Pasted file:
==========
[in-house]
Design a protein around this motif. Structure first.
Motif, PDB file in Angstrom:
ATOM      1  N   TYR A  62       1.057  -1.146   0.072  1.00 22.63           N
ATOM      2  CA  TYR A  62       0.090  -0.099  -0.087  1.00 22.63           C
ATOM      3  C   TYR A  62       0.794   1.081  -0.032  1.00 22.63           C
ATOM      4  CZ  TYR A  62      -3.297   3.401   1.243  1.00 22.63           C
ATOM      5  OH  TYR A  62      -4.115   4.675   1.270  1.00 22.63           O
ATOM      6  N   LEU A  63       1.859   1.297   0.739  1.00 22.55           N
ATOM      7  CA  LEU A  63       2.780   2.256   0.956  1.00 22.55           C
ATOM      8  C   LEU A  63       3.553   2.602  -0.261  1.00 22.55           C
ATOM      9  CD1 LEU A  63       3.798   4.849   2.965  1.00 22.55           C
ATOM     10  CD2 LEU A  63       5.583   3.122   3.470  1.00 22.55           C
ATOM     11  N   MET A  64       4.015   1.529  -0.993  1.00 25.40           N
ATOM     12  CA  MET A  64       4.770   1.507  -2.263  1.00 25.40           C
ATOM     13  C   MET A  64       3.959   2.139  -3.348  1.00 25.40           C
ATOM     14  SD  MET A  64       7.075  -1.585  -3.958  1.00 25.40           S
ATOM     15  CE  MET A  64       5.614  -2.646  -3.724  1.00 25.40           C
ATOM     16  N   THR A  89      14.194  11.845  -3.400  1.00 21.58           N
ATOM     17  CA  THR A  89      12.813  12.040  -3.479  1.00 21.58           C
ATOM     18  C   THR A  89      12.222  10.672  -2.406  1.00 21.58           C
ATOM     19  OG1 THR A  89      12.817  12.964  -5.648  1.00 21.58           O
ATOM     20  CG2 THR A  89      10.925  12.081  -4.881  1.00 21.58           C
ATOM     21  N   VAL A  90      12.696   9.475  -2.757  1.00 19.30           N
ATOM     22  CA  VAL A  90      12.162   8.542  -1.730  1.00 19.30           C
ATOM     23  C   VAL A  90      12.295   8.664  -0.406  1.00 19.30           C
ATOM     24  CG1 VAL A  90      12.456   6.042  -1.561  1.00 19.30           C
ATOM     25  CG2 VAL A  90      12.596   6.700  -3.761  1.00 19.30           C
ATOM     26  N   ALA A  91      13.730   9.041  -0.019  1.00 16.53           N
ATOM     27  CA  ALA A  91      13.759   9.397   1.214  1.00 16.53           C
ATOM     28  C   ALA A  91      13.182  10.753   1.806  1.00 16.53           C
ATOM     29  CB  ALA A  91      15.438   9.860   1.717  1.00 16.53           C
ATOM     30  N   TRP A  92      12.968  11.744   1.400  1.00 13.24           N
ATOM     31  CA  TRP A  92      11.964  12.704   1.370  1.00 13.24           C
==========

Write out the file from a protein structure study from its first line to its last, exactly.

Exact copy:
[in-house]
Design a protein around this motif. Structure first.
Motif, PDB file in Angstrom:
ATOM      1  N   TYR A  62       1.057  -1.146   0.072  1.00 22.63           N
ATOM      2  CA  TYR A  62       0.090  -0.099  -0.087  1.00 22.63           C
ATOM      3  C   TYR A  62       0.794   1.081  -0.032  1.00 22.63           C
ATOM      4  CZ  TYR A  62      -3.297   3.401   1.243  1.00 22.63           C
ATOM      5  OH  TYR A  62      -4.115   4.675   1.270  1.00 22.63           O
ATOM      6  N   LEU A  63       1.859   1.297   0.739  1.00 22.55           N
ATOM      7  CA  LEU A  63       2.780   2.256   0.956  1.00 22.55           C
ATOM      8  C   LEU A  63       3.553   2.602  -0.261  1.00 22.55           C
ATOM      9  CD1 LEU A  63       3.798   4.849   2.965  1.00 22.55           C
ATOM     10  CD2 LEU A  63       5.583   3.122   3.470  1.00 22.55           C
ATOM     11  N   MET A  64       4.015   1.529  -0.993  1.00 25.40           N
ATOM     12  CA  MET A  64       4.770   1.507  -2.263  1.00 25.40           C
ATOM     13  C   MET A  64       3.959   2.139  -3.348  1.00 25.40           C
ATOM     14  SD  MET A  64       7.075  -1.585  -3.958  1.00 25.40           S
ATOM     15  CE  MET A  64       5.614  -2.646  -3.724  1.00 25.40           C
ATOM     16  N   THR A  89      14.194  11.845  -3.400  1.00 21.58           N
ATOM     17  CA  THR A  89      12.813  12.040  -3.479  1.00 21.58           C
ATOM     18  C   THR A  89      12.222  10.672  -2.406  1.00 21.58           C
ATOM     19  OG1 THR A  89      12.817  12.964  -5.648  1.00 21.58           O
ATOM     20  CG2 THR A  89      10.925  12.081  -4.881  1.00 21.58           C
ATOM     21  N   VAL A  90      12.696   9.475  -2.757  1.00 19.30           N
ATOM     22  CA  VAL A  90      12.162   8.542  -1.730  1.00 19.30           C
ATOM     23  C   VAL A  90      12.295   8.664  -0.406  1.00 19.30           C
ATOM     24  CG1 VAL A  90      12.456   6.042  -1.561  1.00 19.30           C
ATOM     25  CG2 VAL A  90      12.596   6.700  -3.761  1.00 19.30           C
ATOM     26  N   ALA A  91      13.730   9.041  -0.019  1.00 16.53           N
ATOM     27  CA  ALA A  91      13.759   9.397   1.214  1.00 16.53           C
ATOM     28  C   ALA A  91      13.182  10.753   1.806  1.00 16.53           C
ATOM     29  CB  ALA A  91      15.438   9.860   1.717  1.00 16.53           C
ATOM     30  N   TRP A  92      12.968  11.744   1.400  1.00 13.24           N
ATOM     31  CA  TRP A  92      11.964  12.704   1.370  1.00 13.24           C